Other than a necessary new focus on the Islamic State of Iraq and Syria (ISIS), the new National Security Strategy is largely consistent with past reports. The document is an important statement of intent, but we can be pretty confident that no one in the US foreign policy apparatus will sleep with it next to their bed. Crises get most attention and they are largely unpredictable.

Here are some elements of the NSS that I believe may not get much attention, but deserve more:
1) Importance of resilience and strength at home as the key element of national power. The US has demonstrated economic and social resilience, but the national political dynamic is broken, with little trust in elected representatives. That’s a foreign policy problem, not just politics as normal.
2) Drawing on all elements of national strength critical. For example, the statement in the NSS that “in the long term, our efforts to work with other countries to counter the ideology and root causes of violent extremism will be more important than our capacity to remove terrorists from the battlefield.” That’s a bold and true statement that needs to be followed up with a significant commitment of resources and a sustained data-driven approach.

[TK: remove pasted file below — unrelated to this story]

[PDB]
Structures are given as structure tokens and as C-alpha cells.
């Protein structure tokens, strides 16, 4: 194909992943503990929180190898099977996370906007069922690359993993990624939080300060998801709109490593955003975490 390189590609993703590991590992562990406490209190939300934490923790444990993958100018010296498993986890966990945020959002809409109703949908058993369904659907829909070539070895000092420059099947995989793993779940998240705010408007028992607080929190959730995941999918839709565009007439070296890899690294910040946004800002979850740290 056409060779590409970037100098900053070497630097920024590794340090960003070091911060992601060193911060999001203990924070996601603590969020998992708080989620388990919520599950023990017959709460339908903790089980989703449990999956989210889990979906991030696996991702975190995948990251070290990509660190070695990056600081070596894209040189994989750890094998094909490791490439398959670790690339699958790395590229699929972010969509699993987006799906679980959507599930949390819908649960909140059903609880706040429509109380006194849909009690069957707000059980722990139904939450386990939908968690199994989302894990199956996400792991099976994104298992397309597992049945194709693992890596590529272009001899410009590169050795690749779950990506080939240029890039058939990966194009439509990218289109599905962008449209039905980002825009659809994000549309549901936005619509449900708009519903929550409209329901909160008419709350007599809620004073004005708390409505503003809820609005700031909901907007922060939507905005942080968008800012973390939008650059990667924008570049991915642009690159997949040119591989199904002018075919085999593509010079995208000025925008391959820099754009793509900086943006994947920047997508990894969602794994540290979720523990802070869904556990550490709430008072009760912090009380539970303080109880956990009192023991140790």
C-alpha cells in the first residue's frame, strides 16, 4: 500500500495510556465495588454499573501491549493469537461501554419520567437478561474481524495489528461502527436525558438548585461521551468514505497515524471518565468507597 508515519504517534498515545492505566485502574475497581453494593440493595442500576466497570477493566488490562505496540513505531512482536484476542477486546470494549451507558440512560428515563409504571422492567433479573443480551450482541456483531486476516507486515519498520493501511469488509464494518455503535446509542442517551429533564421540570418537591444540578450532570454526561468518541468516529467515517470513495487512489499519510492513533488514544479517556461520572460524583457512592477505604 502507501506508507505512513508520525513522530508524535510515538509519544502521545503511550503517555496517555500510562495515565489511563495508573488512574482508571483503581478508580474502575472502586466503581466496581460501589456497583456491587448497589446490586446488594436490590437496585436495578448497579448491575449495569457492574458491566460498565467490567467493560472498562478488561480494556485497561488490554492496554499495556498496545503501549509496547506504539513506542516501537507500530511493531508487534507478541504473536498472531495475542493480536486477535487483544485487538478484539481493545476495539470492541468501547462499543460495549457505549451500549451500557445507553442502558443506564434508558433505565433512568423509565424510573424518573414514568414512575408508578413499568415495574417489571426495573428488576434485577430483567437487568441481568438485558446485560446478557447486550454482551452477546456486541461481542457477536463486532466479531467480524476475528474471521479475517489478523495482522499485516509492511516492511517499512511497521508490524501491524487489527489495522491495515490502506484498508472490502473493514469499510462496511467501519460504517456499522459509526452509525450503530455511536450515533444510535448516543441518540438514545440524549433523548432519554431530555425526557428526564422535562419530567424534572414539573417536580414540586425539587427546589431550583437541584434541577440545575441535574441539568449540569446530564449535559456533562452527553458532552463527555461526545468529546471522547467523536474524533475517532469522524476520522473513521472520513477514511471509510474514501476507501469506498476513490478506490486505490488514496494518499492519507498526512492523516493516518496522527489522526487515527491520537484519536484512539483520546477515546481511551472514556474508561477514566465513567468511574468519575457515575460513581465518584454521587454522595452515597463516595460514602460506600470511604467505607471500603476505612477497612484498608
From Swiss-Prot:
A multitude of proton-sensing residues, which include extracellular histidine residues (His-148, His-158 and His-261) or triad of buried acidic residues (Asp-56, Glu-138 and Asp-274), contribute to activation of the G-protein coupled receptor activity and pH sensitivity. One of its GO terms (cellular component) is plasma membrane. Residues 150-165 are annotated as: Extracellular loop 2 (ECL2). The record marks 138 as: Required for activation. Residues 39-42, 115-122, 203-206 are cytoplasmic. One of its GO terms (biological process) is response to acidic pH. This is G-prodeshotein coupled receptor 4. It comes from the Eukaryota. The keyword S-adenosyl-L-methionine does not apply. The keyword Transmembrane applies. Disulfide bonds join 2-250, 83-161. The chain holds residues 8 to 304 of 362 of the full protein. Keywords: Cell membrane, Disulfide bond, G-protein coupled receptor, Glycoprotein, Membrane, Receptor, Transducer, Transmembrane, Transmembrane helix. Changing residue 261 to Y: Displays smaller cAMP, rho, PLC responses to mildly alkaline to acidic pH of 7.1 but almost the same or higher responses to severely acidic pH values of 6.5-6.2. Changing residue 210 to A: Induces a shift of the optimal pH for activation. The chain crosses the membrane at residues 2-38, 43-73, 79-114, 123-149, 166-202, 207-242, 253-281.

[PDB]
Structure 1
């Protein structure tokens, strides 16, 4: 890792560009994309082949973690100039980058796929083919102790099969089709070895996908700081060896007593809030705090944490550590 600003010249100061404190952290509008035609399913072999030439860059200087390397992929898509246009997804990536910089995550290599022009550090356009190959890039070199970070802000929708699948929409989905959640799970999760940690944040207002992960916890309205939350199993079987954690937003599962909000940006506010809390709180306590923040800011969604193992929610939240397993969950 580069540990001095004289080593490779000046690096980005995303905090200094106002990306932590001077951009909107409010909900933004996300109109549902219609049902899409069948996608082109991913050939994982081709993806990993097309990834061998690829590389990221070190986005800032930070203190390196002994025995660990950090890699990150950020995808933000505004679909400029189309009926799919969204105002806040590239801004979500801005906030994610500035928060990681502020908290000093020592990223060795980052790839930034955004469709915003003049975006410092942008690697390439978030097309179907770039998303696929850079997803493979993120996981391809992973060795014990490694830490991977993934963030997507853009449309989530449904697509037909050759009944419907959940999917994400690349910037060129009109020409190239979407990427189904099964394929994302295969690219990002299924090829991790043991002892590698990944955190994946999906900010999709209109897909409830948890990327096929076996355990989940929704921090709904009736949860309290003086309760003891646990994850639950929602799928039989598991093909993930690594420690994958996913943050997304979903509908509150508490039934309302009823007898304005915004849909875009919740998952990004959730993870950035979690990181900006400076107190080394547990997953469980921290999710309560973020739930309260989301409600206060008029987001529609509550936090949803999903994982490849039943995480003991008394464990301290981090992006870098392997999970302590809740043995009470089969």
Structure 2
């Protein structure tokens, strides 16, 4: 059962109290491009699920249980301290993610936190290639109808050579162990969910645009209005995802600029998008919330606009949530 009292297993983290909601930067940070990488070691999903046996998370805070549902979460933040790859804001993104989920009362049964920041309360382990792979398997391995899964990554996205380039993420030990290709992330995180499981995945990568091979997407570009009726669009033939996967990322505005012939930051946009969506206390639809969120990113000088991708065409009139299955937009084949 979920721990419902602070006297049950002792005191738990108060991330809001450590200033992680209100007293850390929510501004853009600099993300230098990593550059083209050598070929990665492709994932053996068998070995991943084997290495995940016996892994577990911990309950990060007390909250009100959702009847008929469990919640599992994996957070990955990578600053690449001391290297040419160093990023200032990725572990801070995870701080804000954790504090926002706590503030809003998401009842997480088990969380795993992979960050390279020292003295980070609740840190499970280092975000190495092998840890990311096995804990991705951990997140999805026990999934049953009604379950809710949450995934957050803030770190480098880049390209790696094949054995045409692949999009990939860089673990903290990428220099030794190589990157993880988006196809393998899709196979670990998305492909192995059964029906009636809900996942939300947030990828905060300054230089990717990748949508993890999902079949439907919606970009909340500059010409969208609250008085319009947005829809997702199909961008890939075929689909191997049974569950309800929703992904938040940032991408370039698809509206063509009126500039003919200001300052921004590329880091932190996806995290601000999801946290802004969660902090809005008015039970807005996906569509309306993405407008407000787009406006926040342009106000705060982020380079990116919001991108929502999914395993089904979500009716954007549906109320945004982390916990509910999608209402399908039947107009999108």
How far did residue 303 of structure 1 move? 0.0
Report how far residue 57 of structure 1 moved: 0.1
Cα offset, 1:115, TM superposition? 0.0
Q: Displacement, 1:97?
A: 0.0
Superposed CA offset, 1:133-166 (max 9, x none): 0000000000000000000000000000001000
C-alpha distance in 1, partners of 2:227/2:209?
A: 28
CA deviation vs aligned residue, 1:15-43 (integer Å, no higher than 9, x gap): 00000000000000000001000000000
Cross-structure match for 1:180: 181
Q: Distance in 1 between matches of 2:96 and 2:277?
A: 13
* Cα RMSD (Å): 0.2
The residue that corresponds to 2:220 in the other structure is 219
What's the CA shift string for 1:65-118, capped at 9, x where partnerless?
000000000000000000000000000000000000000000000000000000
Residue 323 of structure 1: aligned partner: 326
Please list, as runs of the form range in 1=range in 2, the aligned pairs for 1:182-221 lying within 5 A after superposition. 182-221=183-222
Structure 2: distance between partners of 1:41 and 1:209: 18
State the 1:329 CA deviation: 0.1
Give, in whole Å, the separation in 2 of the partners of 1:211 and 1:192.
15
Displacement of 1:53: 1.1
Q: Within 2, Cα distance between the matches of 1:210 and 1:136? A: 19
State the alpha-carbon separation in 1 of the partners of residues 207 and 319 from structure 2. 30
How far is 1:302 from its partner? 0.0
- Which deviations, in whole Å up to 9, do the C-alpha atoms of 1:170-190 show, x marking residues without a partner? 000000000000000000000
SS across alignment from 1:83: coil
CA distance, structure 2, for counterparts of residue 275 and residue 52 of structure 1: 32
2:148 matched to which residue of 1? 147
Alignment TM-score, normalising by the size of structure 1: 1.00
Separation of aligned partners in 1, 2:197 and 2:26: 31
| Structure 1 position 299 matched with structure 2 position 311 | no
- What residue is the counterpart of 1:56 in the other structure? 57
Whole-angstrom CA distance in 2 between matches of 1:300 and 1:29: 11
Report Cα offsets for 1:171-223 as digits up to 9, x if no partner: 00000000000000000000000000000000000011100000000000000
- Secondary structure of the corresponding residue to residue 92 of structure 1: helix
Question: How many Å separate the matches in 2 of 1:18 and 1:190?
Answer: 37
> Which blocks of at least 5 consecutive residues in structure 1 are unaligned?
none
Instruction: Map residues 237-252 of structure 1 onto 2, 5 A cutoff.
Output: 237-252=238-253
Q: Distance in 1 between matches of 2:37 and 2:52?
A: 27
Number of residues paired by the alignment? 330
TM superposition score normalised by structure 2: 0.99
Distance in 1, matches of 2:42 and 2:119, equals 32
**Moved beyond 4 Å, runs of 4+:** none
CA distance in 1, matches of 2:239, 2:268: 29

3) We can’t only treat the Middle East as a litany of problems to be solved. In dealing with terrorism and extremism, for example, we tend to lose a broader focus on everything else going on with people in the Middle East. This is like Walmart putting all of its resources into shoplifting prevention. The paying customer figures out pretty quickly that you aren’t interested in them and goes elsewhere.

That’s why we need to stop paying lip service to broad people-to-people exchanges, (mentioned in passing in the strategy document) as just another minor tool of influence and start thinking about them as a largely untapped instrument of strategic power. We know they work and we need a long-term commitment to a vastly expanded program of two-way exchanges between Americans and Middle Easterners. We need this not because it’s a nice thing to do, but because it will improve the environment in which we do everything else, signaling to citizens of the region that we see them as people, not feared problems.

Ambassador Richard LeBaron is a Nonresident Senior Fellow at the Atlantic Council. He served as the US Ambassador to Kuwait from 2004 to 2007.

Related Experts: Richard LeBaron